. I. Bolaji Idowu, ‘The Predicament of the Church in Africa’ in C. G. Baëta (ed.), Christianity in Tropical Africa: Studies presented and discussed at the seventh International African Seminar, University of Ghana, April 1965 (Oxford: Oxford University Press, 1968), 426 and 434.
. K. Bediako, Theology and Identity: The Impact of Culture upon Christian Thought in the Second Century and in Modern Africa (Oxford: Regnum Books, 1992); Christianity in Africa: The Renewal of a Non-Western Religion (Edinburgh: Edinburgh University Press/Maryknoll: Orbis Books, 1995).
. See e.g. Theology and Identity, 249.
. J.S. Ukpong, ‘Christology and Inculturation’ in R. Gibellini (ed.) Paths of African Theology (London: SCM Press, 1994), 58.
. E. Hillman, C.S.Sp., Toward an African Christianity: Inculturation Applied (New York: Paulist Press, 1993), 28-48.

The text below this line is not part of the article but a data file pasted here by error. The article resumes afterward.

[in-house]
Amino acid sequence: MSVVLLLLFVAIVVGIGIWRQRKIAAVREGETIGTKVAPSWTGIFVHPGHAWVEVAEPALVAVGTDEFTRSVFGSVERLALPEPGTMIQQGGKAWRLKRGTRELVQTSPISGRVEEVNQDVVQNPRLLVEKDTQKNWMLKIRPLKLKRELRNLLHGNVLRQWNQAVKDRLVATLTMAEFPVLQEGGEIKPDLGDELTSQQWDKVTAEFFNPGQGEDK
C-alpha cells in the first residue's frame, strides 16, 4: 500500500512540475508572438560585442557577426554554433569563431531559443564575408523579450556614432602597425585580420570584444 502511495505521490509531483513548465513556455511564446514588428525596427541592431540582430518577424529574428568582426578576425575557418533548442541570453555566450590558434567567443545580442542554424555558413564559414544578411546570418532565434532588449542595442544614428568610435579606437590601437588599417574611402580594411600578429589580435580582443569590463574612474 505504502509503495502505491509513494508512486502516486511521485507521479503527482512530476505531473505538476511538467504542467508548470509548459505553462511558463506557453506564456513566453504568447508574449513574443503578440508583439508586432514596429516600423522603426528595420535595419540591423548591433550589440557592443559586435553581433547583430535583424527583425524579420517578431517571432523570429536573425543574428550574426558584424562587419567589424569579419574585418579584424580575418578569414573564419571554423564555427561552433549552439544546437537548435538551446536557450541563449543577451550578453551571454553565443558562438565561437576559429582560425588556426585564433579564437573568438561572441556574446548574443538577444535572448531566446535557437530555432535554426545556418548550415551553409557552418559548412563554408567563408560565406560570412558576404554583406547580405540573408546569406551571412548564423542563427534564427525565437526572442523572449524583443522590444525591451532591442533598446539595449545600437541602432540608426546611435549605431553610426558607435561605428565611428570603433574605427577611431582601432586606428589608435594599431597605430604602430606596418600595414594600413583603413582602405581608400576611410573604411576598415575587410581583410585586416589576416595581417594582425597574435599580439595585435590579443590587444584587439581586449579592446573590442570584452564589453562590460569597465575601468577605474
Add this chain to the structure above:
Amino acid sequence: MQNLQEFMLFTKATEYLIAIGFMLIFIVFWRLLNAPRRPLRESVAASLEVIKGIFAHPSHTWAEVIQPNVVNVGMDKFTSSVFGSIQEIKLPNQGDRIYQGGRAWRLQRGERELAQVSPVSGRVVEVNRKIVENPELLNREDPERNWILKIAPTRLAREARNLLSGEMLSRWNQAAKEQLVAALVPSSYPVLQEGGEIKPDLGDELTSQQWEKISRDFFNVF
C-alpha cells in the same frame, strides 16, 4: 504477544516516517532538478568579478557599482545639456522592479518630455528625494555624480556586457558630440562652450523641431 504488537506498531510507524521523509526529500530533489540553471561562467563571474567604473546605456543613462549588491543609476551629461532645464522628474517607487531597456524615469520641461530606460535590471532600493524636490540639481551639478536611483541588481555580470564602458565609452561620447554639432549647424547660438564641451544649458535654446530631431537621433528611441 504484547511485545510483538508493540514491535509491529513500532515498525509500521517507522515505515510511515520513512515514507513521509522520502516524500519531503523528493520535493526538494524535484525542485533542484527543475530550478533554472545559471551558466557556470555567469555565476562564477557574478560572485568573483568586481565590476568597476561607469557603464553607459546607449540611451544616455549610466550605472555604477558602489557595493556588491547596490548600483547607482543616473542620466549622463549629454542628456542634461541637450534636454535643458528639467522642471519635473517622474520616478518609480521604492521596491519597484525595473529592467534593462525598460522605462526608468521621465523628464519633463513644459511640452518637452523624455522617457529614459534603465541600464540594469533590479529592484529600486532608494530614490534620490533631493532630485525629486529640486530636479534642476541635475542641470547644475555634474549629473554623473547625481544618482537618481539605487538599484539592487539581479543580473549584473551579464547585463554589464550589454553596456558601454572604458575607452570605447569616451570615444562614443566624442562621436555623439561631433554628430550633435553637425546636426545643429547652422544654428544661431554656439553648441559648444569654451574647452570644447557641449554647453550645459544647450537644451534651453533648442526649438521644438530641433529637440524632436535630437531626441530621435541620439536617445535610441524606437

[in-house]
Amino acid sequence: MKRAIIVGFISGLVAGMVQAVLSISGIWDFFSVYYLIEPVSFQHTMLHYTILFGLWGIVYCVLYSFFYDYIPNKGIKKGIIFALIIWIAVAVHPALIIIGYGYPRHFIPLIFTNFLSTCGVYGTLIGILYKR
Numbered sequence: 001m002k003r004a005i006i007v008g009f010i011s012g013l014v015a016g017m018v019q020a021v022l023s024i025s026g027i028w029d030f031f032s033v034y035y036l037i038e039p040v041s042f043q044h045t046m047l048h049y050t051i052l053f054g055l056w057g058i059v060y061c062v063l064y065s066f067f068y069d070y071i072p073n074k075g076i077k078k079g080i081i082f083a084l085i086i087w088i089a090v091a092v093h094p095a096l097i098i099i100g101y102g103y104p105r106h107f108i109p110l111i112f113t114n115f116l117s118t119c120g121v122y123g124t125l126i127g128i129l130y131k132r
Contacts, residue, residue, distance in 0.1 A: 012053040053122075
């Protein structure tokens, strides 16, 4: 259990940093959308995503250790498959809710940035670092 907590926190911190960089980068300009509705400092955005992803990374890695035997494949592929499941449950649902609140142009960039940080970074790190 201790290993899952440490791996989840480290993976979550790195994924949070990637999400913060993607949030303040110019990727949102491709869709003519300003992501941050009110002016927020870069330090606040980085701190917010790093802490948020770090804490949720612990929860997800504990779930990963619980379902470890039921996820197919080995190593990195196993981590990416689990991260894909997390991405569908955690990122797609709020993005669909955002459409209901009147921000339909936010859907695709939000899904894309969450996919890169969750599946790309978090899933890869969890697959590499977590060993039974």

. K. A. Dickson, Uncompleted Mission: Christianity and Exclusivism. (Maryknoll: Orbis Books, 1991), 43-48.
. Ibid., 137.
. Mbachu, H., Inculturation Theology of the Jerusalem Council in Acts: An Inspiration for the Igbo Church Today. European University Studies, Vol. 520 (Frankfurt am Main: Peter Lang, 1995).
.A. Abble, et. al., Des Prêtres noires s’ interrogent (Paris: Les Editions du Cerf, 1956).
. J. Parratt, A Reader in African Christian Theology, rev. ed. (London: SPCK, 1997), 1-8.
. The book of Lamin Sanneh, Translating the Message: The Missionary Impact on Culture (Maryknoll: Orbis Books,1989) is a good example.
. E. Fasholé-Luke, ‘Introduction’ in E. Fasholé-Luke, R. Gray, A. Hastings, and G. Tasie (eds.), Christianity in Independent Africa (London: Rex Collings, 1978), 357.
. Parratt, A Reader in African Christian Theology, 4.
. See for terminology and the theological development of these streams: E. Martey, African Theology: Inculturation and Liberation (Maryknoll: Orbis Books, 1993).